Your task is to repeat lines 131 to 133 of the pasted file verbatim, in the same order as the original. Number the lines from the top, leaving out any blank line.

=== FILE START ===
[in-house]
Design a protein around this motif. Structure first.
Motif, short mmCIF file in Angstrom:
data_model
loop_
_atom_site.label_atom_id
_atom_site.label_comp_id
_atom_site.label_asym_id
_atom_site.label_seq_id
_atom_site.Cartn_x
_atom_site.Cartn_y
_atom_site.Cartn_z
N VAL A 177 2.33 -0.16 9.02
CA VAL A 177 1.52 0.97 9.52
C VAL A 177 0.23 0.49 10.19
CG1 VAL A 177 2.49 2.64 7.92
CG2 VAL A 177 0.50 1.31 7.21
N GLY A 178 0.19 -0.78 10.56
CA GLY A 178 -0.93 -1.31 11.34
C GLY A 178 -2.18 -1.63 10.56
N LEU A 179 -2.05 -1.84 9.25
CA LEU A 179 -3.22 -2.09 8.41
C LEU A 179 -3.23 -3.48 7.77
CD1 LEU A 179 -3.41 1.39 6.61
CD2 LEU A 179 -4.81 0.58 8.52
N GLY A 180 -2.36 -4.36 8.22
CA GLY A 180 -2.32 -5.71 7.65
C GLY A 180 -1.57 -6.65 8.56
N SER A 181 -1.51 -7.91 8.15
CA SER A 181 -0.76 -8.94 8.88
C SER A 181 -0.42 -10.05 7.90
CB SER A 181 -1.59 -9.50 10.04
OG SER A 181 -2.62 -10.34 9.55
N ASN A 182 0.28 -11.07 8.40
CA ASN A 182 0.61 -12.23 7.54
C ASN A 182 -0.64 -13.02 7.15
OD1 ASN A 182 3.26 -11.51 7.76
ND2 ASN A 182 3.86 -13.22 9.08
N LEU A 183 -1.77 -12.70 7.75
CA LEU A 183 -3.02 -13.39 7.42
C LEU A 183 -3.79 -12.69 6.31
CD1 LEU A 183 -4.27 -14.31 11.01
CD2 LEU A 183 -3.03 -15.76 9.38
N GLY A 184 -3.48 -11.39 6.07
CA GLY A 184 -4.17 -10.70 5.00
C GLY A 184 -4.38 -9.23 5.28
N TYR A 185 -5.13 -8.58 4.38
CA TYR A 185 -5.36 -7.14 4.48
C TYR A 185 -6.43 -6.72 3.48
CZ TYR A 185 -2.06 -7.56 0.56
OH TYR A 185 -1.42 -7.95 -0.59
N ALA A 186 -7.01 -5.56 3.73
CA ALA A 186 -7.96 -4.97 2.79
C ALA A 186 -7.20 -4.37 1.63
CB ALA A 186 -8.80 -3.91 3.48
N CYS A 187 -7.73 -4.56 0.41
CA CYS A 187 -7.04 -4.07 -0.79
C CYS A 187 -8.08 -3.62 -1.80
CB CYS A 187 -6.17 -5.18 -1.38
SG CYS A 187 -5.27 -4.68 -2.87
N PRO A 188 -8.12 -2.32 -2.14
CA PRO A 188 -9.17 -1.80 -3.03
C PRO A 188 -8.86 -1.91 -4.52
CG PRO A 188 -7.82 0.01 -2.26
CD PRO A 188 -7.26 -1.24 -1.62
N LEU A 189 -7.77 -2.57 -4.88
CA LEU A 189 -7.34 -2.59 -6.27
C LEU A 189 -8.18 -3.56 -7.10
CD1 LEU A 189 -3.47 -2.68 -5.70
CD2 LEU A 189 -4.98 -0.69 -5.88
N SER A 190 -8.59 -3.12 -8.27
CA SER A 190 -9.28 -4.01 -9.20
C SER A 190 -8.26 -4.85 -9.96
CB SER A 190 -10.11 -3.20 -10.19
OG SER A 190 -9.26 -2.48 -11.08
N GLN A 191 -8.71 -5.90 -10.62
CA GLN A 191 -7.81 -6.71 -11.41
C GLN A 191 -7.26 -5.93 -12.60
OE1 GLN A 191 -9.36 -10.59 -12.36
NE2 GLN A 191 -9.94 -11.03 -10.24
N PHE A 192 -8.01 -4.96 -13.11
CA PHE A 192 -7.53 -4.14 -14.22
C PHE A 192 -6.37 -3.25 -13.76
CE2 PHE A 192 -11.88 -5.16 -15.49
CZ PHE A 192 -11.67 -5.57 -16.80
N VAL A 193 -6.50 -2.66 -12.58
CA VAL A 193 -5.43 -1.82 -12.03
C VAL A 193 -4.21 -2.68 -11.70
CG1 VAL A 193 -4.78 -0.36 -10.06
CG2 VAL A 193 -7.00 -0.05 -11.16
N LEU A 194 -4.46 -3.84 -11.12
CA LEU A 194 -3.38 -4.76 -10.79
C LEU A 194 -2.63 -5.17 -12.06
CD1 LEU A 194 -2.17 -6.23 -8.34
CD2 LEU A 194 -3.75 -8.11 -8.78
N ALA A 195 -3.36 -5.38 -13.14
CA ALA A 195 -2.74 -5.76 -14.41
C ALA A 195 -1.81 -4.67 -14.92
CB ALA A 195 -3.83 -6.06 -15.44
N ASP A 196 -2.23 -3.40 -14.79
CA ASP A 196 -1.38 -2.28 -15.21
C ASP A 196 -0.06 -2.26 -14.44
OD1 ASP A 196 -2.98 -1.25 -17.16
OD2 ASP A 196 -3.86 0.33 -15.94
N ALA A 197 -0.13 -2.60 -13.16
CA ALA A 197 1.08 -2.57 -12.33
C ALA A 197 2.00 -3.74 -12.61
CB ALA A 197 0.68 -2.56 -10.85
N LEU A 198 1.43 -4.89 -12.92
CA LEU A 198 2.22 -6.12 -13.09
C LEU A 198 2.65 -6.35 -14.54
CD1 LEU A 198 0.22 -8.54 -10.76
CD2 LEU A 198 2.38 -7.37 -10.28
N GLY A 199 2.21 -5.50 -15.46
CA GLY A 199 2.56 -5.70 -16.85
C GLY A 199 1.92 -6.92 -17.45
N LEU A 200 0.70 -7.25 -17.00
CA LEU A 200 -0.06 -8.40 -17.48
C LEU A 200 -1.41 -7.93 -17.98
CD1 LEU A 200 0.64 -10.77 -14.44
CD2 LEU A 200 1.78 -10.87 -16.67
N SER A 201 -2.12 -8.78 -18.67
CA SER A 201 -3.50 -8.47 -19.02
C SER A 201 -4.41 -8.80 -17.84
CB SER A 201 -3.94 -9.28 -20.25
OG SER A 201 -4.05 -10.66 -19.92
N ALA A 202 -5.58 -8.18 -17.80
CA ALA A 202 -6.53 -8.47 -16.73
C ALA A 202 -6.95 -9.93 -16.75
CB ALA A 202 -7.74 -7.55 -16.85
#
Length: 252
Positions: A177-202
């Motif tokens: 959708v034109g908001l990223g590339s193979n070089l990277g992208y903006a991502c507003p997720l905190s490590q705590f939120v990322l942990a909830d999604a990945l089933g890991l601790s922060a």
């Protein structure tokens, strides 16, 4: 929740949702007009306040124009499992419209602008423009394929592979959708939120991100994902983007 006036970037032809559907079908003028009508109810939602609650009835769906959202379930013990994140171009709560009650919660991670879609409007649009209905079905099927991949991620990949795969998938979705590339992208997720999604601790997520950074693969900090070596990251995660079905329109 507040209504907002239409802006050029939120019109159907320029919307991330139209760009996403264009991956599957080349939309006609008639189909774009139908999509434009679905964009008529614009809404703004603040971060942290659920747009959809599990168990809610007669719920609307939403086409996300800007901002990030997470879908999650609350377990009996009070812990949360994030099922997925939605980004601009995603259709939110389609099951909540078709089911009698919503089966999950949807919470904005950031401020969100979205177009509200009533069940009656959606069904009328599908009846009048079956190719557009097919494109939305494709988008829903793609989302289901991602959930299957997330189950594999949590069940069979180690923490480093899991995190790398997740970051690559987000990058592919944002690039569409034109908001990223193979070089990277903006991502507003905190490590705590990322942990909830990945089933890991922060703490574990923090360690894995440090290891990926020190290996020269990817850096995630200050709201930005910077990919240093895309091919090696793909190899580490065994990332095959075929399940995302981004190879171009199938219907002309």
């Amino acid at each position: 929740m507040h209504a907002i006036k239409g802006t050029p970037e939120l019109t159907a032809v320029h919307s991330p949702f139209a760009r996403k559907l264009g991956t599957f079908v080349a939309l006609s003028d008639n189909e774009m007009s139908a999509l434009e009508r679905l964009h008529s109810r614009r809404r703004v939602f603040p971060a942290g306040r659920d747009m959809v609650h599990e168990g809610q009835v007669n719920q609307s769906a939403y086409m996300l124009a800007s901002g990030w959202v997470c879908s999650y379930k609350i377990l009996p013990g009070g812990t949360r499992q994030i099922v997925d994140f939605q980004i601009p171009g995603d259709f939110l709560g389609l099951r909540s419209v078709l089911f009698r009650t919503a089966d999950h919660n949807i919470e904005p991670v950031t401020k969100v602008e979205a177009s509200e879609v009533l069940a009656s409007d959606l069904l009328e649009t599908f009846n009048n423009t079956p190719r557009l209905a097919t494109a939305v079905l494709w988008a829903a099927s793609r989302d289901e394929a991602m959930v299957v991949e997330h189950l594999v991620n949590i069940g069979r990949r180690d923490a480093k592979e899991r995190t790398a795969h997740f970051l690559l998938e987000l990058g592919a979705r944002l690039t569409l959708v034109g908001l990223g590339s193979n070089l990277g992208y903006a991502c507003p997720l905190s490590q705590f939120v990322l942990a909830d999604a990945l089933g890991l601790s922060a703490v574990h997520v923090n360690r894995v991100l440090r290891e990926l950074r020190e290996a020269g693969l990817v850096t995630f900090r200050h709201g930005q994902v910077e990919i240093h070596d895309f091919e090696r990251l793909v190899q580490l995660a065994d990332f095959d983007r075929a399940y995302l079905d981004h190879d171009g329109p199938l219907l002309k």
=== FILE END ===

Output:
#
Length: 252
Positions: A177-202